meditations on Holy Week (1): Jesus the radical

Today marks the beginning of Holy Week, the remembrance of Jesus’ last pre-resurrection week of life on earth. A full one-third of the four accounts of Jesus’ life (Matthew, Mark, Luke, and John, together making up half the New Testament) is solely dedicated to Holy Week. Its events make up our gospel, our good news (1 Corinthians 15:1-8). Without it there is no hope.

Something you’ll soon notice when you read Matthew, Mark, Luke, or John – particularly the accounts of Holy Week – is that Jesus was an absolute radical. People who have not read these books, Christians or not, often entertain ideas that he was nice, friendly, sociable, or polite. This is simply untrue. Respectable people would have been cautious about inviting him to dinner, and rightly so. He was less like a teddy bear and more like a roaring lion; less like a sympathetic therapist and more like a lightning storm.

“Palm Sunday” = Luke 19:28-48

If Jesus does not offend us, we are missing something. Read the gospels and you’ll soon see. In reality, Jesus is the most offensive man who ever lived. His names in this passage are Lord (verse 31), and King (verse 38). That means Lord and King of you, too. He is so worthy to be worshiped and adored that if humans fall silent, inanimate rocks will without hesitation take up the song (verse 40). His claim on your life is total. You owe him not a penny less than your entire existence; you were made for him (Colossians 1:16). He says: the standard is perfection. If you don’t meet the standard – and I am the Judge – you deserve nothing from me but “weeping and gnashing of teeth.” I came to bring a sword, not peace (Matthew 10:34).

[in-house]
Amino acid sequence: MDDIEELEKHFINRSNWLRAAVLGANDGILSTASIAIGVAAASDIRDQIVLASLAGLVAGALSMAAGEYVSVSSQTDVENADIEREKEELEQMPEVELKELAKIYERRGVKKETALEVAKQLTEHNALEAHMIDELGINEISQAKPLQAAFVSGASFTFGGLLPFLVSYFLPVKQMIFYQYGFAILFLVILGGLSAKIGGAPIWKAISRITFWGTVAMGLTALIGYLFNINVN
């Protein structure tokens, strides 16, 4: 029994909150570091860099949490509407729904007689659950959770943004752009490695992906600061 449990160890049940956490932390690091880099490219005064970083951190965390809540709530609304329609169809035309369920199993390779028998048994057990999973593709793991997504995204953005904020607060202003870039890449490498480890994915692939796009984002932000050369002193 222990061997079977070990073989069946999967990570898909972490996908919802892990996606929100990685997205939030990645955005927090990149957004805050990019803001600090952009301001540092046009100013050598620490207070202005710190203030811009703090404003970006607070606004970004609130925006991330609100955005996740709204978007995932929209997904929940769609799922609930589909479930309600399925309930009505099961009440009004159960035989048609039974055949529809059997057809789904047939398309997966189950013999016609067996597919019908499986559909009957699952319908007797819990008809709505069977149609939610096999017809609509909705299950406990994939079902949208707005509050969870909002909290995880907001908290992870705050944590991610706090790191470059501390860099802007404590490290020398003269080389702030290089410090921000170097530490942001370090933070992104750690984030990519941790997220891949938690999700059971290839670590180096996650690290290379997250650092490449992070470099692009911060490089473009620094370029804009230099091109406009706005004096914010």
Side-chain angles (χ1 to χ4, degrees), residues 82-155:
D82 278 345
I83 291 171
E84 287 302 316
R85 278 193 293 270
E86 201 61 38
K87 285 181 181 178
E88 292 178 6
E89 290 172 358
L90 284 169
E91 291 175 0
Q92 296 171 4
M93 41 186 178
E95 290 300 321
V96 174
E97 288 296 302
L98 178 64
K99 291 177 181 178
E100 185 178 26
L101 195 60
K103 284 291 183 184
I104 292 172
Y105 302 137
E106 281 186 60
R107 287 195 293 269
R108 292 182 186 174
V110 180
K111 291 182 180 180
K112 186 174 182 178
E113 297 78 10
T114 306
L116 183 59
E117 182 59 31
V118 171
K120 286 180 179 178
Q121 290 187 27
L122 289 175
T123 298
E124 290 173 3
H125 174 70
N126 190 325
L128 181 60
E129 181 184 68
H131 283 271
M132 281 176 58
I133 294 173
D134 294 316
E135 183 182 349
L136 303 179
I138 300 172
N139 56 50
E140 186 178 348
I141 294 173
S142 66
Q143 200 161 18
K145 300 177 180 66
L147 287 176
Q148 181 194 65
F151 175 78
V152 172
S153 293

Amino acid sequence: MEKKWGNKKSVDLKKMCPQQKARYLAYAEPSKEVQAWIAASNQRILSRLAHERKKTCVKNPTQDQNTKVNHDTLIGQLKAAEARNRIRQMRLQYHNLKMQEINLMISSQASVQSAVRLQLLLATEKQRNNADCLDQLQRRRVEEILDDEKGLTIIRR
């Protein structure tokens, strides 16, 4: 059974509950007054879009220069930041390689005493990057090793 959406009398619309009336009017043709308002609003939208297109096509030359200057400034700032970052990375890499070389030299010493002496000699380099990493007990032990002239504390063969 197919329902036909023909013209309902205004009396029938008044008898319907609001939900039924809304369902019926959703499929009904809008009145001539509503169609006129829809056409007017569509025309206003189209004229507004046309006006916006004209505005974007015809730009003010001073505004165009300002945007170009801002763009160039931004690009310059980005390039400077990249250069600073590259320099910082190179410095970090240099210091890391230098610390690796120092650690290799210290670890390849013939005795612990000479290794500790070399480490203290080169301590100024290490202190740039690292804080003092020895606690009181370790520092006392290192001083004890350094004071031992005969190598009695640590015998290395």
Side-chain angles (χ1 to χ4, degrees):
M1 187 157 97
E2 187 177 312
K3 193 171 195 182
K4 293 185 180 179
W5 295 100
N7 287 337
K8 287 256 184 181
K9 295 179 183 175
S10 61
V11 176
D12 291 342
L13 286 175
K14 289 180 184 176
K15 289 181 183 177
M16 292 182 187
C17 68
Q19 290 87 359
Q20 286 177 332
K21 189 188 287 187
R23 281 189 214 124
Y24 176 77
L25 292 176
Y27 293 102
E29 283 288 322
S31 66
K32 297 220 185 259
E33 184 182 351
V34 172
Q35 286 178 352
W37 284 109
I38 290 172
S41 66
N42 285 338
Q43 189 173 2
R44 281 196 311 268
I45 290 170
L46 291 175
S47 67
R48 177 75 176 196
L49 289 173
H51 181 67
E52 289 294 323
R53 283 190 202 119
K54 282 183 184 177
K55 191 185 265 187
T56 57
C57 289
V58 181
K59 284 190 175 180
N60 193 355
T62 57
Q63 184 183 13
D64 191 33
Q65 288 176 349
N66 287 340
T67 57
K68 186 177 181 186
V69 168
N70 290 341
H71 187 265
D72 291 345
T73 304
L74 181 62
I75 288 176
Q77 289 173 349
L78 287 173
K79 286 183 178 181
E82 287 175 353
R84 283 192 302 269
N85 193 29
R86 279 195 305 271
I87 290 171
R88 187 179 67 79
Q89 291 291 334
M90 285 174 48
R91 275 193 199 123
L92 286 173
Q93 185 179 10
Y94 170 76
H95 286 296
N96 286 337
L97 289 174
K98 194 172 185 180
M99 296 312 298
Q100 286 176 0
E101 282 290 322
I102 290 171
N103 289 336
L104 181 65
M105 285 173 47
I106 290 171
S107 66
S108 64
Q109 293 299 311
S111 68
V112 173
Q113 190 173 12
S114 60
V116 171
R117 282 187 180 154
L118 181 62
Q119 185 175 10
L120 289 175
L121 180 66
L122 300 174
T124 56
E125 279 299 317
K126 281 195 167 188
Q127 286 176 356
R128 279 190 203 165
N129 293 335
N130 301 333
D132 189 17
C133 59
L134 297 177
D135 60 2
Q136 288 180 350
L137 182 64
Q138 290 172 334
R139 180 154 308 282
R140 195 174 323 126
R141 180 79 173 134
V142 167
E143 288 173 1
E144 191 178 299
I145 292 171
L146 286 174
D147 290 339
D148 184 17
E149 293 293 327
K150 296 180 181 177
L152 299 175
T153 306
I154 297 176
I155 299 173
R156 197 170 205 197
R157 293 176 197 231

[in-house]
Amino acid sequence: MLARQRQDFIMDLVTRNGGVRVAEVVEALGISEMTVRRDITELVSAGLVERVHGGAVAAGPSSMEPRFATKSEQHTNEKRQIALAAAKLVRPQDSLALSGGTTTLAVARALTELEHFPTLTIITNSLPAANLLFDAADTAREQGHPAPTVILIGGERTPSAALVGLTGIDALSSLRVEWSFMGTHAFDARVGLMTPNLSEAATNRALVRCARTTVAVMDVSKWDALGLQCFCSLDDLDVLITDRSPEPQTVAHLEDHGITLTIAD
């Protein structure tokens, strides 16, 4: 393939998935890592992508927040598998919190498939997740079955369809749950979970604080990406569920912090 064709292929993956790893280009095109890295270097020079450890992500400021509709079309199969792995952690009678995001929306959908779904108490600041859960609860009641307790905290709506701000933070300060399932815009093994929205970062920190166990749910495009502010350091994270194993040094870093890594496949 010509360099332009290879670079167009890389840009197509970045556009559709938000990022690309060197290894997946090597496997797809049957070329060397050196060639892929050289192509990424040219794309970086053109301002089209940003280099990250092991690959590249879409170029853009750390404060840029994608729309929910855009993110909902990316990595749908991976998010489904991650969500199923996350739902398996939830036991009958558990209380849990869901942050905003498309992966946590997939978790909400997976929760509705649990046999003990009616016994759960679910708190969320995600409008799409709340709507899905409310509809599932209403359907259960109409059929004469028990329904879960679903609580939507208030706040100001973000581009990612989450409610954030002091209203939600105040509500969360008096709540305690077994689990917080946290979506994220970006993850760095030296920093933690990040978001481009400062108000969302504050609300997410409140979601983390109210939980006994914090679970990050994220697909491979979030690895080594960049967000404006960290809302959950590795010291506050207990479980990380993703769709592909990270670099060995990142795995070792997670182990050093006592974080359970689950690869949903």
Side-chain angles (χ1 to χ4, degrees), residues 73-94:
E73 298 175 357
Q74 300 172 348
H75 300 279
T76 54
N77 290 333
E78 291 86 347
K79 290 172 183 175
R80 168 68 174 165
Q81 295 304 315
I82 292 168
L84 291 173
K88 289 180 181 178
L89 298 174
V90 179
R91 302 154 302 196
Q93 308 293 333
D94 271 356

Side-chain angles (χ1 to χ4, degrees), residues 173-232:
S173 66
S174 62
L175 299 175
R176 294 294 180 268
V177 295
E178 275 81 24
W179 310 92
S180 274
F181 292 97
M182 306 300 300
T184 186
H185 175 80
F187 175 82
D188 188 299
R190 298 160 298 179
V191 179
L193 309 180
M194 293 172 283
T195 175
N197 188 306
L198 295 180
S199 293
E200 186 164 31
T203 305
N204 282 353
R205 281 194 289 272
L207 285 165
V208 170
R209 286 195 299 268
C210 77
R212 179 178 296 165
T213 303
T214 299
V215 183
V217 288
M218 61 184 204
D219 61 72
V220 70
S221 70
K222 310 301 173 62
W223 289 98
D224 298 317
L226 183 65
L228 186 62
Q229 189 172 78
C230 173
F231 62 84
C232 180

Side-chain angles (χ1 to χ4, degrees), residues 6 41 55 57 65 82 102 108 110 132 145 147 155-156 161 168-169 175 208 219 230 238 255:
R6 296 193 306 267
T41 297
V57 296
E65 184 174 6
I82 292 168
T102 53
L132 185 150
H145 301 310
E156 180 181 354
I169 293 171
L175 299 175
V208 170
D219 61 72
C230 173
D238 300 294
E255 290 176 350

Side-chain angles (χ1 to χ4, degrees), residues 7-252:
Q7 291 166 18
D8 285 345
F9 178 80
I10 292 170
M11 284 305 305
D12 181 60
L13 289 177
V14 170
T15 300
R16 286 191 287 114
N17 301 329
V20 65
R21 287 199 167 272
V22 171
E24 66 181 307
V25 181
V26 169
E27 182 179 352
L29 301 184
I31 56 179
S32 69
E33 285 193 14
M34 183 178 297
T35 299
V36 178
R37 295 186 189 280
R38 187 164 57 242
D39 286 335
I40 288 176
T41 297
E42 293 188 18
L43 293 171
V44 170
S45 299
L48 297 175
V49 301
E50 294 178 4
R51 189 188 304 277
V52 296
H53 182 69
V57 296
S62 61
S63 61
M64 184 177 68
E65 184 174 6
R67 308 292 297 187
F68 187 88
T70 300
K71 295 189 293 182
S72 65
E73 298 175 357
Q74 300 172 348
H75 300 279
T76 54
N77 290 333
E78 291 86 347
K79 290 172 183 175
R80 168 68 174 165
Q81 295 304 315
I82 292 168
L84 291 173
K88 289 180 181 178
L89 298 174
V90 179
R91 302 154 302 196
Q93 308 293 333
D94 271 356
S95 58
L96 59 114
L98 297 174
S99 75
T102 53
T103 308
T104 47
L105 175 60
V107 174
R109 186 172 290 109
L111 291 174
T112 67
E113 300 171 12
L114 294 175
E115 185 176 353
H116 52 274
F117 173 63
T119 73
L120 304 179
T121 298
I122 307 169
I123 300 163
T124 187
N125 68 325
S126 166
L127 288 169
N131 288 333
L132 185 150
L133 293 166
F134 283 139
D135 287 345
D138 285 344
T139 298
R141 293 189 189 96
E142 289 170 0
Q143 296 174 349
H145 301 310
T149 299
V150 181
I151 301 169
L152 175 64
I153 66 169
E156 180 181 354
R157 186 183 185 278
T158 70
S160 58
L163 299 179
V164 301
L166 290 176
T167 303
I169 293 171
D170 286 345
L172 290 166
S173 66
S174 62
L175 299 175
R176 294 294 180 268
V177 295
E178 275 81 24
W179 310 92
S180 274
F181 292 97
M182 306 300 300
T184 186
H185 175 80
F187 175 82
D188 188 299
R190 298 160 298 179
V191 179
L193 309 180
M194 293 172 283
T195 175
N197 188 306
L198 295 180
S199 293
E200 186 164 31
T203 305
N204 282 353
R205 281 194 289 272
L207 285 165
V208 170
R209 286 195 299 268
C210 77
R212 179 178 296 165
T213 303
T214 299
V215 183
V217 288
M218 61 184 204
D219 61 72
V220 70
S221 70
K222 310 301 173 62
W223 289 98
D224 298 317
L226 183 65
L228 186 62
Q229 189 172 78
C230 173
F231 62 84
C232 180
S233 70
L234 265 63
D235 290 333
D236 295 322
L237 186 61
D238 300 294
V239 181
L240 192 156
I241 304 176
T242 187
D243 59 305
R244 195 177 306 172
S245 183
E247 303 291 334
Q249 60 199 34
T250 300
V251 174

Imagine if you saw an impoverished-looking man parading through the center of Washington D.C. with a crowd of similarly unsophisticated people following him, singing and shouting things like “This is the glorious King of the world who comes from God.” What would happen? Politicians would get defensive and upset; the police would shut him down and throw him in a mental institution; headlines would laugh about the crazy homeless man who made a scene. If the man got a large enough following, our institutions would quickly get more aggressive. America (including many who now claim to know him) would react the same way to Jesus as Israel did 2,000 years ago, and it would be right to do so – unless, of course, it was true. If it was true, everything would be changed.

It’s little wonder, then, that the Pharisees got upset. He unabashedly demolished everything they stood for. He does the same to us as well, in our pride and self-sufficiency. But notice this: Jesus wept over rebellious humanity (verse 41). Even a cursory reading of the gospels reveals this, too: if Jesus does not attract us, we are missing something. Jesus lived with more passion – for life, for people, for God – than anyone else who ever lived. His emotions ran deeper, he felt them more profoundly, than any of us. Everything about him – his sermons, his conversations, his acts of power, his acts of humility, his prayers, his interactions with people, his whole personality – is stunning. It’s little wonder the people were “hanging on his words” (verse 48).

Come to the Bible expecting some Sunday-school-sanitized version of Jesus and you will be quickly forced to blush. He is not sanitized. He is not nice. He never accommodates to sin or lies, not once. Come to the Bible with a heart to learn and you will meet someone so much better, so much more worthy of your love: Christ the Lord, the King, the Servant, the Radical.

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